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The Flyer Music Writers Tell You Where To Go



I'll confess that I always get Chris Whitley and Keith Whitley confused. Both have always existed on the outer range of my musical radar, so when country-singer Keith Whitley stopped making records in 1989 (the year he died) and roots-rocker Chris Whitley released a critical smash in 1991 with his debut Living With the Law, they sort of melded in my mind. Well, the later Whitley (the one who's still around) never really followed up on the critical or commercial promise of Living With the Law, bouncing from indie label to indie label over the past decade and fiddling with his sound. Whitley's new record, Soft Dangerous Shores, melds his singer-songwriter moves and scratchy voice with lots of production atmospherics, like a late-period Tom Waits record. Not my cup of tea at all, but that doesn't mean it isn't yours. Whitley plays Newby's Saturday, July 30th.

- Chris Herrington

I didn't get the memo, but it looks like several area music venues have declared Redneck Appreciation Week. How else do you explain the harmonic convergence of such acts as Molly Hatchet, .38 Special, and David Allen Coe? The more populist ZZ Top, who play the Grand Casino on Friday, July 29th, may have angered some of their hell-raising fans when they added synthesizers and drum machines to their revved-up blues rock sound in the '80s, but their lyrics about beer drinking, chick chasing, and cheap sunglasses have kept most in the fold.

Known for their bloody fantasy-art album covers and mean Southern boogie, Molly Hatchet toured relentlessly in the '70s and early '80s, and I'll never forget the insanity that broke loose when they kicked into a blistering rendition of "Flirtin' With Disaster" at Nashville's One for the Sun concert way back in 1982. These days, the band, as bearded and wild-eyed as ever, likes to wear lots of patriotic red, white, and blue and should go over big with anybody who has a "W" sticker on the back of their broken-down 1980 station wagon. They're at Neil's on Friday, July 29th.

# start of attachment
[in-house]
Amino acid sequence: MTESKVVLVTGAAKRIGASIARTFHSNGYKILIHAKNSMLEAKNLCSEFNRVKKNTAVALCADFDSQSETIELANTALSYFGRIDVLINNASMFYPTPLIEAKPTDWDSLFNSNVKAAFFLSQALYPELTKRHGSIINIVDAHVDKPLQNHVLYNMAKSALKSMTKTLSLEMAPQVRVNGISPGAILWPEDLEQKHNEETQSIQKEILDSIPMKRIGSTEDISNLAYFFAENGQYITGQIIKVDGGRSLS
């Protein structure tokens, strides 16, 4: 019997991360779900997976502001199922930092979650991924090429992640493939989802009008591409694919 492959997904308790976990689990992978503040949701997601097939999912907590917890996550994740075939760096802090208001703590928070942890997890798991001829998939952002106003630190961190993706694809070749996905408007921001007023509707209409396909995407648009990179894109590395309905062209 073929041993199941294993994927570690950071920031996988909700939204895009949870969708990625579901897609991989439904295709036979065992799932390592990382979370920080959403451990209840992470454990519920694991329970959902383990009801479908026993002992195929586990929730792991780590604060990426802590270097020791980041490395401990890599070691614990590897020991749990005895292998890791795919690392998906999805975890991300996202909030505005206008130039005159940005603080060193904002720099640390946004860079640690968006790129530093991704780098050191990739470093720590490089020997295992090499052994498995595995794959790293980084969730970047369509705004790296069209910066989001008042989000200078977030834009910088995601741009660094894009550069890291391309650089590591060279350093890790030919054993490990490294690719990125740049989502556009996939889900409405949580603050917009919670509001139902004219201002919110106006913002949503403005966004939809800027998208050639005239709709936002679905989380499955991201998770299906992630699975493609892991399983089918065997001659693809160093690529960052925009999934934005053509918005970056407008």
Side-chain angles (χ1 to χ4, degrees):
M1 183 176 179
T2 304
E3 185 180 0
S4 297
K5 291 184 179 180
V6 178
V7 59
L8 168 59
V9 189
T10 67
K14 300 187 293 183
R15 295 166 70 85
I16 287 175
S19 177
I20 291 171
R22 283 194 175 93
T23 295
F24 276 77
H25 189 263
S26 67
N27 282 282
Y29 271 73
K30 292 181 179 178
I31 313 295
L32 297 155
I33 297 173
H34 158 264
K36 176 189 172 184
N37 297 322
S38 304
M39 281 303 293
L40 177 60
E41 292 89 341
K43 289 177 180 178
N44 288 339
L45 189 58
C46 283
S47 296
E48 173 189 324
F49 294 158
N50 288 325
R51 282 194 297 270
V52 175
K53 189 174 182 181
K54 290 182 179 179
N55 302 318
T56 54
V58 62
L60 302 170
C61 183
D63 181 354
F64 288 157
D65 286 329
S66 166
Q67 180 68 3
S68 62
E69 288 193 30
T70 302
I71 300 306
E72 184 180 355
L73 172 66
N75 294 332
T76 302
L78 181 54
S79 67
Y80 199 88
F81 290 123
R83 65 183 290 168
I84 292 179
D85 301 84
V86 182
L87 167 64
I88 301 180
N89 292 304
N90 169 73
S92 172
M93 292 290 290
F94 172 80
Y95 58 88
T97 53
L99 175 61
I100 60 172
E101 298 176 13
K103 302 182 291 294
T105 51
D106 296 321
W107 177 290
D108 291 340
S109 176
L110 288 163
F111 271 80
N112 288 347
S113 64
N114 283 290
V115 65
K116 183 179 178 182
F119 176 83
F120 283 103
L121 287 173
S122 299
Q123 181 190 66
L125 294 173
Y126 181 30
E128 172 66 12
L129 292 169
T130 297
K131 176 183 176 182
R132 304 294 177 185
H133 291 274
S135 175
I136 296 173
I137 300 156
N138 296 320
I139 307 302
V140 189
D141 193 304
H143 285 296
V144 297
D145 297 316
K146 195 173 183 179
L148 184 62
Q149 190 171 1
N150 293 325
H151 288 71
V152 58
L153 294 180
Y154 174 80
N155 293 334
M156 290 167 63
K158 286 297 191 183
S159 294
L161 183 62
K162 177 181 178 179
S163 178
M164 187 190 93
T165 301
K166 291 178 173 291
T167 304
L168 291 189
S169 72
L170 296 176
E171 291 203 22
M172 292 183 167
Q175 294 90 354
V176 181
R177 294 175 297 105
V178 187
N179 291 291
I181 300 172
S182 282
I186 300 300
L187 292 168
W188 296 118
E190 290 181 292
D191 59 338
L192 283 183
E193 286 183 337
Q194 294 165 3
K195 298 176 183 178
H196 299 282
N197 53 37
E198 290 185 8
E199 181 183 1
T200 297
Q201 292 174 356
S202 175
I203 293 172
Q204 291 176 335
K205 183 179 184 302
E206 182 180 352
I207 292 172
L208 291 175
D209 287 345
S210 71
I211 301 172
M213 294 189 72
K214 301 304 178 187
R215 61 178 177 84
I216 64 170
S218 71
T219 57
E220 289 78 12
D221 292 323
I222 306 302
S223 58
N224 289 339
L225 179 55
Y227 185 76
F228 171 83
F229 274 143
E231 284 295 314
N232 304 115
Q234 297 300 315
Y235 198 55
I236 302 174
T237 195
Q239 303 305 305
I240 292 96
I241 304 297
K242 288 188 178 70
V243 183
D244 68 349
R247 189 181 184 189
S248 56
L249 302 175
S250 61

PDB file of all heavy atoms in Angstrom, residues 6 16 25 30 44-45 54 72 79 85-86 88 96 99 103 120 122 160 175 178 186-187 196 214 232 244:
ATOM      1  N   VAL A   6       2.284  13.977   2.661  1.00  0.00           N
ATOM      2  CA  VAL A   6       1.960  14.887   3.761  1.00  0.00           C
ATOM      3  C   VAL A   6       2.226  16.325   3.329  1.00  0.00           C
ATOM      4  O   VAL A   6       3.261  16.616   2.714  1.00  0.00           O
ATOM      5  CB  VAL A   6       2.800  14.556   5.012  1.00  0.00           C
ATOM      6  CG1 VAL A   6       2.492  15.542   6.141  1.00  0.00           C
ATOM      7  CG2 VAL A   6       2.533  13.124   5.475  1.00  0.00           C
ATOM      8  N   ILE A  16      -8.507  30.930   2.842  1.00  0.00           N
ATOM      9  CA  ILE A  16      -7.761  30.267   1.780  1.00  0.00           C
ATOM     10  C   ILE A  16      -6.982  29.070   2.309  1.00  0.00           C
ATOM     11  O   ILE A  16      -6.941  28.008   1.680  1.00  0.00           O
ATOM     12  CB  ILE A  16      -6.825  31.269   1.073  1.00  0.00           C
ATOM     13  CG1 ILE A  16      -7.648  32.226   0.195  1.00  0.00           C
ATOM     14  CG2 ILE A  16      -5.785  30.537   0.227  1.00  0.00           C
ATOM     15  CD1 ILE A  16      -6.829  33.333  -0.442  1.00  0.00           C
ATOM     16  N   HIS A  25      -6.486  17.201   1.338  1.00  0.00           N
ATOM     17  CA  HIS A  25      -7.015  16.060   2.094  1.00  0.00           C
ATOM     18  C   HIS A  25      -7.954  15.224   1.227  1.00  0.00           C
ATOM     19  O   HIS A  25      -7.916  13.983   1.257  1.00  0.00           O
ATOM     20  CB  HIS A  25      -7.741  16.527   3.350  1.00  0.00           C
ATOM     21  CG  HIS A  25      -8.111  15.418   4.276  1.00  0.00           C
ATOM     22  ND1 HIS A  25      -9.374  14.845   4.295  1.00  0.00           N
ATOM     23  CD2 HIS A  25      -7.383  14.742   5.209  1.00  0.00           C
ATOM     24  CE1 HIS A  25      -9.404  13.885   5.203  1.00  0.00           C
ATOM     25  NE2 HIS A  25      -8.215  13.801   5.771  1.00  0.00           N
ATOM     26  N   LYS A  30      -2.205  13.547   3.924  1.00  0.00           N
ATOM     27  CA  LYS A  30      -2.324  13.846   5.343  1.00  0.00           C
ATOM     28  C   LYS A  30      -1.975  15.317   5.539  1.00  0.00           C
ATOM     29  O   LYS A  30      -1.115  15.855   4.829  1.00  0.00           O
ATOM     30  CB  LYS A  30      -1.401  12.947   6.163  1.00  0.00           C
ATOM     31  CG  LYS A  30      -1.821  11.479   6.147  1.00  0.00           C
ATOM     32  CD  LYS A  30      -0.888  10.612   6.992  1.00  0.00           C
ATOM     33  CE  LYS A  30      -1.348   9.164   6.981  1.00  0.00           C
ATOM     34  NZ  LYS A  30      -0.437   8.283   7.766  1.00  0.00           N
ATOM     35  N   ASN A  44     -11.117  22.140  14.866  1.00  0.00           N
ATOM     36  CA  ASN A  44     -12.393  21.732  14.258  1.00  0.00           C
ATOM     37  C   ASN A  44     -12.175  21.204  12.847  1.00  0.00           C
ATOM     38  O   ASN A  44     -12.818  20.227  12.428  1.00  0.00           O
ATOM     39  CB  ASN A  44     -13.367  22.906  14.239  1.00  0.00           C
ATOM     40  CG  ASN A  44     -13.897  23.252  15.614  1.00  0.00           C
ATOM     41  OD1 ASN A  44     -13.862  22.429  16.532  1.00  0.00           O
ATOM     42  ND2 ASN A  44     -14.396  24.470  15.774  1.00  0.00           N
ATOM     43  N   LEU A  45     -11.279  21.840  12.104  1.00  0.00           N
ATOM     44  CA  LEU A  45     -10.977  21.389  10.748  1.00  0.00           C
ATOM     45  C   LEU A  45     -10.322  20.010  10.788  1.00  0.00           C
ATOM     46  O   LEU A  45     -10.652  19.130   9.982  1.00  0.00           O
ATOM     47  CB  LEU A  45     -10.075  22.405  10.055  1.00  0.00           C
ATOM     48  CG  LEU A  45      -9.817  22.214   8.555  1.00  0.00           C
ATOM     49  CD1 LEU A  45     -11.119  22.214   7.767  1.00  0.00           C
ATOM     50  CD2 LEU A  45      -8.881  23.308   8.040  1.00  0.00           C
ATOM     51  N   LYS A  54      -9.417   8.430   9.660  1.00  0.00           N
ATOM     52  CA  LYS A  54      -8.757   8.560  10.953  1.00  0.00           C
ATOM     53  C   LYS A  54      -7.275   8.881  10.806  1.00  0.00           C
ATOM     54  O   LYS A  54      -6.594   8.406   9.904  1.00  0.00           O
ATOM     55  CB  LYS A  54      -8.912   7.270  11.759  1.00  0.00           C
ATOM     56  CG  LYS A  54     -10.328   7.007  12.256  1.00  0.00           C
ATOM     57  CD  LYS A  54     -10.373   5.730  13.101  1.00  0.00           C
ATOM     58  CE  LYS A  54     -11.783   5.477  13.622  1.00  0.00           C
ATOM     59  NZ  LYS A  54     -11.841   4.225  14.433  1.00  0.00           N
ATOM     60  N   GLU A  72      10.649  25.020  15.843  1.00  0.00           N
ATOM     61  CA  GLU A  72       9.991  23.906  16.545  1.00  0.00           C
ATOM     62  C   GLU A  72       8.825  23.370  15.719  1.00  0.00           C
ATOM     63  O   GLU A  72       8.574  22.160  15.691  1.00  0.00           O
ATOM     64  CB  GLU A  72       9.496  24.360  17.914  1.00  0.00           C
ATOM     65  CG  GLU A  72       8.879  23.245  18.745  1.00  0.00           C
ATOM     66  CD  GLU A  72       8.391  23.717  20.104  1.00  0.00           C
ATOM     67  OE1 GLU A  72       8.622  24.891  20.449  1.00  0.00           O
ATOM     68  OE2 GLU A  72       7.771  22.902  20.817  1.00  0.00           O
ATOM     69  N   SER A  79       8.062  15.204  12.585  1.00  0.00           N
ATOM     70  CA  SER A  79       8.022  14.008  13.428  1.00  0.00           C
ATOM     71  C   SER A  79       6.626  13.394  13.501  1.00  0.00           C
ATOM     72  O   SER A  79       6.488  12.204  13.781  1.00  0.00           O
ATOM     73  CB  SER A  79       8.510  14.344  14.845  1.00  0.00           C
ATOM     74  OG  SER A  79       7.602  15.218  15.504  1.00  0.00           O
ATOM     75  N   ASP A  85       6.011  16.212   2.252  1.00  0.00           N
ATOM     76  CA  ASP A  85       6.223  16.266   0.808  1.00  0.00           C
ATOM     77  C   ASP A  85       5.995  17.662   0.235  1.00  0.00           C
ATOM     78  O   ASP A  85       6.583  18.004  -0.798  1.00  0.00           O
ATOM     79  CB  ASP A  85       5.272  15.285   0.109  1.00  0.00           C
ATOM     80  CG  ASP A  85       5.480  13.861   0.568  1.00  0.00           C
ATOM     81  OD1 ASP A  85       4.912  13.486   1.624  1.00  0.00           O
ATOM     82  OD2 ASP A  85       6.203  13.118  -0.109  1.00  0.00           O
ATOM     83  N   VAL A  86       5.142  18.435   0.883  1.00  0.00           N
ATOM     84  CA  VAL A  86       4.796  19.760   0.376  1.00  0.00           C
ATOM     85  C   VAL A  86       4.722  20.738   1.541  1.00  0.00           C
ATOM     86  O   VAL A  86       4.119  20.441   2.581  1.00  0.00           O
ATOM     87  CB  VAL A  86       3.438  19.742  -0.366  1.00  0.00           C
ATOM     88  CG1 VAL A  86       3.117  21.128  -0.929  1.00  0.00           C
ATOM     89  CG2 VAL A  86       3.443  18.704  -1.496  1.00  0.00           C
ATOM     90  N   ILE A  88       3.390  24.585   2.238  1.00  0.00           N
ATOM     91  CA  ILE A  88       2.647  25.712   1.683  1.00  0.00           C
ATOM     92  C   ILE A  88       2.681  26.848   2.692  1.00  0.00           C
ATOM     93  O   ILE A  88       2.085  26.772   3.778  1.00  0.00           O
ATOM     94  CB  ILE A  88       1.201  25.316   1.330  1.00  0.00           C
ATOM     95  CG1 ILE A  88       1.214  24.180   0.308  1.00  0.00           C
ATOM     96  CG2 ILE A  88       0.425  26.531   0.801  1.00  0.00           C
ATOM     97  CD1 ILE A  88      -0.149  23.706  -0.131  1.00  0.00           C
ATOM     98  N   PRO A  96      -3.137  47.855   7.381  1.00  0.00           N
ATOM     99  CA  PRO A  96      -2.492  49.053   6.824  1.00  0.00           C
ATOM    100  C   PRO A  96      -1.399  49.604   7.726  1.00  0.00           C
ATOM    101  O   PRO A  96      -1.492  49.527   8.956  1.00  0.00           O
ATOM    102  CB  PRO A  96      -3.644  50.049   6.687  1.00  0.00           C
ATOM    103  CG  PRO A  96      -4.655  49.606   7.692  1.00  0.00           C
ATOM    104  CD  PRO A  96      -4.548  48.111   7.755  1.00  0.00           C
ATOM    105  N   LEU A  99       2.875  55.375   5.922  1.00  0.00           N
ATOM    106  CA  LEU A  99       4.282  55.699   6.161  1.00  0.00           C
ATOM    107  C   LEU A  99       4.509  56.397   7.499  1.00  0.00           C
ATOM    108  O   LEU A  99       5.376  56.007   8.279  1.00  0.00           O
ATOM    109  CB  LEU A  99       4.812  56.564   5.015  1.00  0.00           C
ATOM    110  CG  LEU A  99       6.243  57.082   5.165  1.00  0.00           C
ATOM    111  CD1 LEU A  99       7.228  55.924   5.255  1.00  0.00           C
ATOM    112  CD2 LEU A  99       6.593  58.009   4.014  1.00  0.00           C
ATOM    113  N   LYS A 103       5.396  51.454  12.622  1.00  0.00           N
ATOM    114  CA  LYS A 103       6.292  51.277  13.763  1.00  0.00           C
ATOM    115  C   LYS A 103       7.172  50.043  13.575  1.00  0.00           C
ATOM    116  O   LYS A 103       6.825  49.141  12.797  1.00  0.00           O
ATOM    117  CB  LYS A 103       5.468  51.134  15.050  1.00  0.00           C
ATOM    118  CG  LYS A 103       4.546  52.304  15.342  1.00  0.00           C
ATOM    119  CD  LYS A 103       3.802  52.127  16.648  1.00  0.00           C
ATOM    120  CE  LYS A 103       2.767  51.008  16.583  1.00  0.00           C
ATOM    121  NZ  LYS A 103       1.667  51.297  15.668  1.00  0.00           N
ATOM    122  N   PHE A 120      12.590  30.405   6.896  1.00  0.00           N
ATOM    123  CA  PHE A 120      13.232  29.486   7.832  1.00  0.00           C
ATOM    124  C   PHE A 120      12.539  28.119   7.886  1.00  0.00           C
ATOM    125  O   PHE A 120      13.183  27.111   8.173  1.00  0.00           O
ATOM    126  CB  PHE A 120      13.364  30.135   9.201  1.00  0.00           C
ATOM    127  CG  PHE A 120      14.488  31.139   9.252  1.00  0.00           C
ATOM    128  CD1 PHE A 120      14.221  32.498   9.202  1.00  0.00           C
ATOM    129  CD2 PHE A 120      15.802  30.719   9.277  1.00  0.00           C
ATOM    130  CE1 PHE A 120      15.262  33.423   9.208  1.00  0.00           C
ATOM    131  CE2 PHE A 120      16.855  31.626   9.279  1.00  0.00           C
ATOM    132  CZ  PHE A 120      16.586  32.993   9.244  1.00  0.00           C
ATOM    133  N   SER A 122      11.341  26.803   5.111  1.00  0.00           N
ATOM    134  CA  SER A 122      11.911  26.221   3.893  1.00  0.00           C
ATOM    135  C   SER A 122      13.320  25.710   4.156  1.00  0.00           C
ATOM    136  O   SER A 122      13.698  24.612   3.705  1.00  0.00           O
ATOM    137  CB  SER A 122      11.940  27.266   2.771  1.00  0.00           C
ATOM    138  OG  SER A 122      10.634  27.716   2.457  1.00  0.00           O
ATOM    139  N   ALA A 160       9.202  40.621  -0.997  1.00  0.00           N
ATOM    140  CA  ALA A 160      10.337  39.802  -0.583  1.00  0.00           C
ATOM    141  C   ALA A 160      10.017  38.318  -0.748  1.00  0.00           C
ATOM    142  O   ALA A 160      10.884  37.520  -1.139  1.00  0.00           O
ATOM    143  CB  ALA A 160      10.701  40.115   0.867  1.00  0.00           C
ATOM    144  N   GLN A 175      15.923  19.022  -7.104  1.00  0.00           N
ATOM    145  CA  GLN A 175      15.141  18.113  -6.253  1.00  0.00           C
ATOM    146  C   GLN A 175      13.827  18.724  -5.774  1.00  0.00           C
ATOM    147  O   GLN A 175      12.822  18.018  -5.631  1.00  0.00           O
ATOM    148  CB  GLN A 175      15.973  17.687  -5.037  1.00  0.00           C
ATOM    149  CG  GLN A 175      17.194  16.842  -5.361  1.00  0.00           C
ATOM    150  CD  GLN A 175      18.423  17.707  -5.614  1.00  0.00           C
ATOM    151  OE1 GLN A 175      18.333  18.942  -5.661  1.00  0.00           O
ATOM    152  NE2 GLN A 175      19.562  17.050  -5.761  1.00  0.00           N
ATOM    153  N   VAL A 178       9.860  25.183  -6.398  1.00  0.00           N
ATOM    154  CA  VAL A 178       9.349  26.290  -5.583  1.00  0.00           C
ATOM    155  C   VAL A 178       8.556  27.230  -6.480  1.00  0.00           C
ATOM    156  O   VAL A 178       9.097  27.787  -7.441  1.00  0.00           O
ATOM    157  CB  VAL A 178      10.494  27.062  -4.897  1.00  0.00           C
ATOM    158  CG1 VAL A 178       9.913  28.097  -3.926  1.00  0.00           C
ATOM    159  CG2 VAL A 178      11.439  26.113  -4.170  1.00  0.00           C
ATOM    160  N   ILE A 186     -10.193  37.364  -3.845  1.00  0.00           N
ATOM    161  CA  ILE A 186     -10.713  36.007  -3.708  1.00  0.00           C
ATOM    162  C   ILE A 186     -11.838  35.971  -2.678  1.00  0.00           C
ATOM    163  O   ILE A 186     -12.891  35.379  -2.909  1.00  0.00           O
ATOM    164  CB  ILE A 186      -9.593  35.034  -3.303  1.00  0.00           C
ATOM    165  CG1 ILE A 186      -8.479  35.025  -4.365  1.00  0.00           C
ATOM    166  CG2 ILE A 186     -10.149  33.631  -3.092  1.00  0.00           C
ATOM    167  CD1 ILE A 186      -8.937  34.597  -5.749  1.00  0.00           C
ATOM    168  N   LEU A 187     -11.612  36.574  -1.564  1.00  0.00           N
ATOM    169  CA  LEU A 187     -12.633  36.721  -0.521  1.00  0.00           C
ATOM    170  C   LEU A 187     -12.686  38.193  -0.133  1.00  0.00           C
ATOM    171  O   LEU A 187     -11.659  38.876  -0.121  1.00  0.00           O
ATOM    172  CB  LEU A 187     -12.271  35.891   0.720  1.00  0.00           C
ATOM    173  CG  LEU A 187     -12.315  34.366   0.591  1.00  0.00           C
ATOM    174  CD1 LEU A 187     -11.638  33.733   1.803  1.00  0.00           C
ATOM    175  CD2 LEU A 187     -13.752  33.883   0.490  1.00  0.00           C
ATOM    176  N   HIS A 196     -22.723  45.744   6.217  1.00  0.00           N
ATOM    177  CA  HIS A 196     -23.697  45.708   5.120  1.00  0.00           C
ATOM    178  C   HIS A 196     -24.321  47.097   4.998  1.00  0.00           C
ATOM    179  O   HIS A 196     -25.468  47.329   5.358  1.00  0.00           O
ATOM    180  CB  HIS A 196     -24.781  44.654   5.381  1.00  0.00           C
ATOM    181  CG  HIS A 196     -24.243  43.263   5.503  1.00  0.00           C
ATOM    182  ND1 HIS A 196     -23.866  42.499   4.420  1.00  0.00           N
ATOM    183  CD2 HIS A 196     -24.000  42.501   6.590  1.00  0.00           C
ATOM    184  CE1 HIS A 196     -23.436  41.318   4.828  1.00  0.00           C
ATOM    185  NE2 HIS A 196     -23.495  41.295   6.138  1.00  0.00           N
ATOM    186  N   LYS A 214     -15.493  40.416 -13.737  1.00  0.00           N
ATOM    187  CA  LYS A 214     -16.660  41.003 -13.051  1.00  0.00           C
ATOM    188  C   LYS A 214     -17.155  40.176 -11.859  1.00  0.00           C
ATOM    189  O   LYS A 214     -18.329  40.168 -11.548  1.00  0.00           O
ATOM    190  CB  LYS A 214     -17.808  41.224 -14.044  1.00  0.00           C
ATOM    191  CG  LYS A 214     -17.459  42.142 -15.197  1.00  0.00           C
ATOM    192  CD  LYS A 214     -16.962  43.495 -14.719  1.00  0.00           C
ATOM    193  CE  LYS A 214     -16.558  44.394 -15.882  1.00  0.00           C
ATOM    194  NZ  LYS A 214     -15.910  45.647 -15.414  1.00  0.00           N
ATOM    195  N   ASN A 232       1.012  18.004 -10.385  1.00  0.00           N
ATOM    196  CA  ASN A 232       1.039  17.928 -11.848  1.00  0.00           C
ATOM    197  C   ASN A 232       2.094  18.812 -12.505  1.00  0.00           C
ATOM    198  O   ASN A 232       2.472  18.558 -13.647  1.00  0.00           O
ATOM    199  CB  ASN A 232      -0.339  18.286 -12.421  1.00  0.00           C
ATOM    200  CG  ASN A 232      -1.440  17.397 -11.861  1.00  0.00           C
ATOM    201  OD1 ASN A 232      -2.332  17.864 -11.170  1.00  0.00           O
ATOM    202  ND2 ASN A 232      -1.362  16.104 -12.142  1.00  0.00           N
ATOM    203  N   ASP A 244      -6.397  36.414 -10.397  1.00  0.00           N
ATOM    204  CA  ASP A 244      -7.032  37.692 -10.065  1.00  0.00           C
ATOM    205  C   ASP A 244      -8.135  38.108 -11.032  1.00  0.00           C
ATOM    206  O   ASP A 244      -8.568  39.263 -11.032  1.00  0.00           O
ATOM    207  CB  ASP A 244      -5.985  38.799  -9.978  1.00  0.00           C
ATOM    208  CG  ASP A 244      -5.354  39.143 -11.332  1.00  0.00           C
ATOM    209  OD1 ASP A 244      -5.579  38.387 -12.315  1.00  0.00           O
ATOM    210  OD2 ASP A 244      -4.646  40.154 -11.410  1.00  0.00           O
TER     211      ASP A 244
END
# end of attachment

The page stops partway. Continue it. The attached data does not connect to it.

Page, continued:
While Hatchet may be the quintessential redneck band, there can be no doubt that .38 Special have found a broader audience and greater commercial success. In fact, when it comes to putting out catchy singles celebrating life below the Mason-Dixon, they are rivaled only by Lynyrd Skynyrd. In fact, the Special's "Wild Eyed Southern Boys" - not "Freebird" - should be the Southern-rock anthem. They'll bust some triple leads on Friday, July 29th, at Tunica's Isle of Capri Casino.

Now: If you've got a Confederate flag tattoo or a license plate that reads "Forget Hell..." chances are you've already scored tickets to see the Mysterious Rhinestone Cowboy, aka David Allen Coe. From his cool musical history of outlaw country, "Willie, Waylon, and Me," to the absurd (and wonderfully funny) last lines of his otherwise beautiful "You Never Even Called Me By My Name," Coe constantly reminds us that he has mad songwriting chops. As Willie and the dearly departed Waylon gained respectability, Coe stayed on the fringe and, for better or worse, is the last true honky-tonk outlaw. He's at the New Daisy Theatre on Saturday, July 30th. - Chris Davis

It was 1989. I was in fourth grade, and I'd carry my beloved bubblegum-pink plastic cassette player to school everyday. At recess, I would choreograph cheesy dance routines to my favorite jams and force my reluctant friends to join me in embarrassing ourselves in front of our classmates. One of our favorites was Tone Loc's "Wild Thing." Lyrically, it was probably a bit racy for 9-year-olds but, hey, we weren't really interested in the song's meaning. It was just fun.

And then came Tone Loc's "Funky Cold Medina." One of my best friends was named Melissa Medina, so you can imagine how we wore out that song. We dubbed it her theme song, and even started calling her Funky Cold Medina. You really just can't go wrong with a song about a horde of poodles showing up at your door looking for love (or at least a little humping action) after accidentally slipping your dog an aphrodisiac. God, they just don't make rap songs like they used to.

So if today's rap, with all its guns and drugs and obsessing over bling, has got you down, Tone Loc offers a remedy when he hits the Newby's stage Friday, July 29th. n - Bianca Phillips

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